Apple has quietly closed the loophole that lets app makers store and share data without users consent. The company last week changed its App Store rules to limit how developers use information about iPhone owners’ friends and other contacts. This indeed is a perfect move from Apple that puts an end to years of practice where developers ask users for access to their phone contacts, and then later use it for marketing without proper permissions.
Sharing of users information without their consent is what got Facebook into trouble and by announcing new privacy updates, the company is boosting its reputation for safeguarding user data. At the WWDC stage, the company introduced new controls that limit tracking of web browsing. Apple publicly didn’t mention the updated App Store Review Guidelines that now bar developers from making databases of address book information they gather from iPhone users. Anyone caught breaking this violation will be banned.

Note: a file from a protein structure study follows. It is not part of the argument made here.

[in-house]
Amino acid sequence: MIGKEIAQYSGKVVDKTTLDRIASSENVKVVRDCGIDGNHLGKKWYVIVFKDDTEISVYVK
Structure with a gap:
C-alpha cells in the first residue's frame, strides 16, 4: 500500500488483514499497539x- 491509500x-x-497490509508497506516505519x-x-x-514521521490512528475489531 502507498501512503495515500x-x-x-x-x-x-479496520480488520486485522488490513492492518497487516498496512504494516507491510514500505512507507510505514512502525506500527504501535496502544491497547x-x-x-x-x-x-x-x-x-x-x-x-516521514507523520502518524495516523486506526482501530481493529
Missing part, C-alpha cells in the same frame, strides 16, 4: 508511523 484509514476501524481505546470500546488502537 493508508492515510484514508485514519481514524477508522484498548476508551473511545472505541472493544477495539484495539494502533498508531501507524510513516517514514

Furthermore, Apple says that apps that collect user or usage data must obtain user consent for the collection. Paid functionality must not be dependent on or require a user to grant access to this data. App developers should only request access to data relevant to the core functionality of the app and should only collect and use data that is required to accomplish the relevant task.